Navy airdrops dead, drugged mice in battle with snake species
In its effort to rid the island territory of Guam of an invasive snake species, the US Navy has enlisted the help of an unlikely set of allies: Dead mice stuffed with a common painkiller.
The mice are stuffed with acetaminophen (known more commonly by its brand name, Tylenol), attached to little biodegradable “parachutes,” and then airdropped into the treetops of Guam’s jungle.
The idea is that the mice will be eaten by the brown tree snake — a deadly species that was accidentally introduced to Guam after World War II and has since caused the extinction of several local species.
The dead-mouse airdrops, which began last month, are part of a plan hatched a decade ago by the US Department of Agriculture and the EPA to rid the island of brown tree snakes, reports Stars and Stripes. The drops are being carried out near Naval Base Guam by a naval helicopter crew.
“The discovery that [brown tree] snakes will die when they eat acetaminophen was a huge step forward,” Anne Brooke, conservation resources program manager for Naval Facilities Command Marianas, told Stars and Stripes. “The problem was how you get the snakes to eat it.”
Ordinarily, packing dead mice with poison wouldn’t work, because most snakes wouldn’t eat a dead mouse, but the brown tree snake is an exception.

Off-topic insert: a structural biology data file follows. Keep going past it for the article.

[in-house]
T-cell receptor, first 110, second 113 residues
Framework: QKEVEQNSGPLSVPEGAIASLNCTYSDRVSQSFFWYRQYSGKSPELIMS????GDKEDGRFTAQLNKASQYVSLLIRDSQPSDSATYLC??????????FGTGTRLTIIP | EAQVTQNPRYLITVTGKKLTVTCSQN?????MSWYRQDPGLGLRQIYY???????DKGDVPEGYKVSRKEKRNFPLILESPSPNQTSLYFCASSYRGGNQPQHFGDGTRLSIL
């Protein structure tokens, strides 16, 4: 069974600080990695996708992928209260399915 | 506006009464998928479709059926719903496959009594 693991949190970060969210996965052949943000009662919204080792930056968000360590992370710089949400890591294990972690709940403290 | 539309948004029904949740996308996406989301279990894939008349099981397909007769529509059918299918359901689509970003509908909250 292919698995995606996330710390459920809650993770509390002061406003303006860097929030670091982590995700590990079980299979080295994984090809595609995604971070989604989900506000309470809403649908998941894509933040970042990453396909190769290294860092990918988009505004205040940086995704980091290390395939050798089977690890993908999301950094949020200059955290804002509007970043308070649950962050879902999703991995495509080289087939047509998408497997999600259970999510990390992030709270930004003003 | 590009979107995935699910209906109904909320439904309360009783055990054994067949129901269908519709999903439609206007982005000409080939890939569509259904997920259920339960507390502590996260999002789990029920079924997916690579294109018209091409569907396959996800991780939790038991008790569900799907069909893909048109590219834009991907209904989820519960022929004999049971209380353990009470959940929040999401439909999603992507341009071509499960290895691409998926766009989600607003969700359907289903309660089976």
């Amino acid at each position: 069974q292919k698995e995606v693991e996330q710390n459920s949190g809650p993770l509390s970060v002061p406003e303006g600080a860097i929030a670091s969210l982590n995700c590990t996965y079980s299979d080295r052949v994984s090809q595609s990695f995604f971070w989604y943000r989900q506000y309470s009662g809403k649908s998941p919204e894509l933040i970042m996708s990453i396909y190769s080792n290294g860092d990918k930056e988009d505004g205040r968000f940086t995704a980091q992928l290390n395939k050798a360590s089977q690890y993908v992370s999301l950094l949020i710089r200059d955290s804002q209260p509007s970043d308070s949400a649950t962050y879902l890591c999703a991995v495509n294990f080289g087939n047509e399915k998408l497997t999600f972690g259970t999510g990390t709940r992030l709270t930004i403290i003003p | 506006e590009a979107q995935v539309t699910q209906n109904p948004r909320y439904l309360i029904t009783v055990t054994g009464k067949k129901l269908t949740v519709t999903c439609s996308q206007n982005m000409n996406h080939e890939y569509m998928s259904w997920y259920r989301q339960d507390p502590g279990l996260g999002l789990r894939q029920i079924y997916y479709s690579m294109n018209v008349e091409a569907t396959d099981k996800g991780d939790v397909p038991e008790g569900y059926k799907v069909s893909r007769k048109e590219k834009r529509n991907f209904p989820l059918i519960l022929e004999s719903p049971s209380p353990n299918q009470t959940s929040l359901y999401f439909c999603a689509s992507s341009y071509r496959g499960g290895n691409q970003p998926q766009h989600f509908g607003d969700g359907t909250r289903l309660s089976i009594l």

“There are very few snakes that will consume something that they haven’t killed themselves,” Dan Vice of USDA Wildlife Services told National Geographic. But brown tree snakes are scavengers as well as hunters, and that’s the “chink in the brown tree snake’s armor.”
But simply dropping dead, poisoned mice into the jungle wouldn’t be enough, because if the mice landed on the ground they would be eaten by lizards and other ground-level creatures, and not by the brown tree snake, which lives in treetops. National Geographic explains how this problem was solved:
Before the laced mice are airdropped, they are attached to “flotation devices” that each consist of two pieces of cardboard joined by a 4-foot-long (1.2-meter-long) paper streamer.
The flotation device was designed to get the bait stuck in upper tree branches, where the brown tree snakes reside, instead of falling to the jungle floor, where the drug-laden mice might inadvertently get eaten by nontarget species, such as monitor lizards.
To determine whether the dead-mouse drops are having the desired effect, some of the mice are equipped with radio transmitters that can be monitored for activity.
“If we go out tomorrow and the radio signal from the bait has moved, it’s very likely that [it was eaten by] a snake,” USDA researcher Peter Savarie told National Geographic.
Preliminary results on the project aren’t in yet, but biologist Haldre Rogers of the University of Washington in Seattle says that, at best, it will reduce the snake population, not eliminate it entirely.
“Unfortunately, we don’t have the silver bullet for brown tree snakes yet,” she said.
A detailed description of the plan can be found here (PDF), courtesy of the USDA.